The Thrive 7-inch features a 2-megapixel front-facing camera and a 5-megapixel rear-facing camera, which is the same as you’ll find on the Thrive 10-inch, though the Thrive 7-inch differs in that it features an LED flash for the rear-facing camera. Among 7-inch tablets, the Thrive 7-inch cameras are impressive; for example, the Samsung Galaxy Tab 7.0 Plus’s rear-facing camera has only a 3-megapixel sensor.
The camera setup on the Thrive 7-inch isn’t without its faults, however. First, the cameras’ placement isn’t ideal, especially for the rear-facing camera. The cameras are nearly aligned, and are positioned in the mid-point of the tablet’s top edge (when in portrait mode). The camera app opens in landscape mode, so when you rotate the tablet to line up a shot, the natural placement of your hand is right in front of the rear-facing camera. Making matters worse, the camera’s controls are located on the same side as the camera, making it all the more difficult to keep your hand out of the way. Perhaps I could get used to it in time, but a better spot of the rear-facing camera would be in one of the upper corners of the back panel. Secondly, the shutter speed is slow, particularly in low light. Be sure to hold the tablet steady when taking a shot, or you’ll end up with a blurred results.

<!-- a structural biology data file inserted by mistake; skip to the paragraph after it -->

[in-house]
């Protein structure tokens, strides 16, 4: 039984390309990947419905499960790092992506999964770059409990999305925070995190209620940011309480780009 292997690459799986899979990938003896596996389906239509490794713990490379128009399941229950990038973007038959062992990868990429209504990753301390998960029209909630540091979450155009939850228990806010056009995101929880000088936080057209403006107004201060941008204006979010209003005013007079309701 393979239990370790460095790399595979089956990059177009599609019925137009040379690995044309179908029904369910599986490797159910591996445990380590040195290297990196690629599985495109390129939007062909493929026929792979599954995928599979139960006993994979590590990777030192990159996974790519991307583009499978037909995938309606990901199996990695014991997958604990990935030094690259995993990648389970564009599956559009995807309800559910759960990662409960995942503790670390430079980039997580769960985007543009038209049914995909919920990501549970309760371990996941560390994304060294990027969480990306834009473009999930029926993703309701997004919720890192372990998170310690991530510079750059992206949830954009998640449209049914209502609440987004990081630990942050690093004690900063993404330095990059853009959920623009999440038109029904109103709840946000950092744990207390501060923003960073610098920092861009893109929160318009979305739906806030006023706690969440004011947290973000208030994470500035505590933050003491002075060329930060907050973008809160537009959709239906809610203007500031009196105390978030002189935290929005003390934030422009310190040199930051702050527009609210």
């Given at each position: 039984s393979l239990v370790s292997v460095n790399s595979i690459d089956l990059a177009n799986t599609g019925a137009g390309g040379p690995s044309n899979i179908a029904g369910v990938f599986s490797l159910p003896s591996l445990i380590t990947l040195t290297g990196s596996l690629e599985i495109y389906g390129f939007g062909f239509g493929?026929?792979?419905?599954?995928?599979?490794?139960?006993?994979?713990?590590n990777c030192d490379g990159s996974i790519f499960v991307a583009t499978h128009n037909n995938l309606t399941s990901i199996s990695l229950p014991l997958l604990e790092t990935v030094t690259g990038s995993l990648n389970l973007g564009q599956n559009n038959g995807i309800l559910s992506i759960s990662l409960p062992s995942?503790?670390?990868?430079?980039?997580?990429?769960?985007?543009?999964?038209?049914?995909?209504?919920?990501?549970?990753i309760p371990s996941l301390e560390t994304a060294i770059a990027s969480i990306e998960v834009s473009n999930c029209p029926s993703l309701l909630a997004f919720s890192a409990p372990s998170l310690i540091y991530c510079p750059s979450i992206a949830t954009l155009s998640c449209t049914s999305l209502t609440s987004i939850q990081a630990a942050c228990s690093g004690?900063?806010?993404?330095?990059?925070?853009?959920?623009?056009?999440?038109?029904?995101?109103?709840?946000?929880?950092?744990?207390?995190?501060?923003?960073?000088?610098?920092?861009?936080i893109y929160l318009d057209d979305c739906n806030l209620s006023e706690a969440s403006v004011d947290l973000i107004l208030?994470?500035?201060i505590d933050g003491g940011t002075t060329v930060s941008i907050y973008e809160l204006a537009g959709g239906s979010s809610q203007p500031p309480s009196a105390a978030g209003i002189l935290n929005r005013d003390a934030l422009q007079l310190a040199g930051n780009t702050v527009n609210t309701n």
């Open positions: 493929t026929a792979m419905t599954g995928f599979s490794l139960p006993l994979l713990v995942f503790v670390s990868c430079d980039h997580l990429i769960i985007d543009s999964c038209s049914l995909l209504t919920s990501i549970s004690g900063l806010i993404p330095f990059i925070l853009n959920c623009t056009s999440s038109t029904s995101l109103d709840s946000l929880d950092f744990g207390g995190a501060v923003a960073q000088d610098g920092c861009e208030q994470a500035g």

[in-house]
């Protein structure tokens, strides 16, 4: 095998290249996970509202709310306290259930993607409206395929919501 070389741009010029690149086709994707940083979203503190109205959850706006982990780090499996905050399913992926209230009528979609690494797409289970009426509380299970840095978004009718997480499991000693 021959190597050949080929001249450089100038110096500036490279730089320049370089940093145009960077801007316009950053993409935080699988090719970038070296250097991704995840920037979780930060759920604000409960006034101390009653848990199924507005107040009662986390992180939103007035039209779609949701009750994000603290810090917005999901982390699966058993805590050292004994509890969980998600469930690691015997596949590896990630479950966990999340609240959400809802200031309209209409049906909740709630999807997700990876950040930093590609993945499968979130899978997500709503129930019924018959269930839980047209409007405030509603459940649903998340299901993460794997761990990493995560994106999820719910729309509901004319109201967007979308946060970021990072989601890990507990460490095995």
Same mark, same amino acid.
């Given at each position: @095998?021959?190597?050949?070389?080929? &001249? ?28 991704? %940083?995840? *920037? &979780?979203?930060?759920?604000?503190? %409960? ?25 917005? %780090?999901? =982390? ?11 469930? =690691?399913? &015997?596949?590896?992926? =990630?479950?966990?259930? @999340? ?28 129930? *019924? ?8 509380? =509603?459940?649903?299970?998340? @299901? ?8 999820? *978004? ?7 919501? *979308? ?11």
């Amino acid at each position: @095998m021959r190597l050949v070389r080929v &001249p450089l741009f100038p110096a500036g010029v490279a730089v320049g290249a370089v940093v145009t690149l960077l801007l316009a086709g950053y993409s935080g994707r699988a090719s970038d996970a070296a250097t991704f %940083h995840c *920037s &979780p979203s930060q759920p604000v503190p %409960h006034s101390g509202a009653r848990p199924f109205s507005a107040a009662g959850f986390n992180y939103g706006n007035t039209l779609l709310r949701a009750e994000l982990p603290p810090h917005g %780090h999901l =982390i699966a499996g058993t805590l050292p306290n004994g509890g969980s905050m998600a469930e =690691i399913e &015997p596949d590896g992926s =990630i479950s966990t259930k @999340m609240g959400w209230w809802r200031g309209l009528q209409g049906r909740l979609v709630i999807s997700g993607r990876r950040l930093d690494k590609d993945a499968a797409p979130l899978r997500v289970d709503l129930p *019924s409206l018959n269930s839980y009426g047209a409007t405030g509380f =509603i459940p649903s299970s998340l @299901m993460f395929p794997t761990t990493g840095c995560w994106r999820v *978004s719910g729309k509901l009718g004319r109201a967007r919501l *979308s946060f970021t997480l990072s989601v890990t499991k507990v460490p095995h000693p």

Other than when snapping photos, the Thrive 7-inch felt responsive. Apps load quickly, flipping between the various home screen happens smoothly, and YouTube videos load quickly and play with only the occasional hiccup common to any wireless device.
Toshiba Thrive 7-inch Tablet specs:
- Android Honeycomb (3.2.1)
- 7.0-inch diagonal widescreen 1280 x 800 multi-touch LED backlit touchscreen
- NVIDIA Dual Core Tegra 2, 1GHz
- 1GB RAM
- 16GB or 32GB internal storage
- Front-facing 2-megapixel, rear-facing 5-megapixel webcams
- 802.11 b/g/n Wi-Fi, Bluetooth 2.1 ? Mini USB 2.0, micro HDMI port, micro SD card slot, 3.5mm audio jack, proprietary pin connector
- Prismatic lithium ion battery (15Wh)
- 7.5 x 5.0 x 0.5 inches
- 0.8 lbs
- Ships with AC adapter, miniUSB to USB cable
- Price: $379.99 (16GB), $429.99 (32GB)
Display & Speakers
Impressively, the Toshiba Thrive 7-inch features the same 1280 x 800 resolution as the 10-inch model and exceeds the 1024 x 768 resolution of the 9.7-inch iPad 2. The screen is very crisp, though it’s not as bright as the iPad 2 I have in my office. Still, the Thrive offers more than enough brightness that it remains readable in brightly lit environments. As with any tablet, you’ll find yourself combating glare from time to time, but the Thrive boasts wide viewing angles, aiding viewability.
The two stereo speakers offer predictably tinny sound, even when your hand isn’t obstructing the speaker. Firing from the bottom edge when held in portrait mode or from the side edge in landscape mode, I found it difficult to grip the Thrive without getting in the way of the speakers. When I managed to keep my hands away from the speakers, the sound sufficed for quick YouTube videos and video chatting. For movies and music, you’ll want to keep headphones nearby.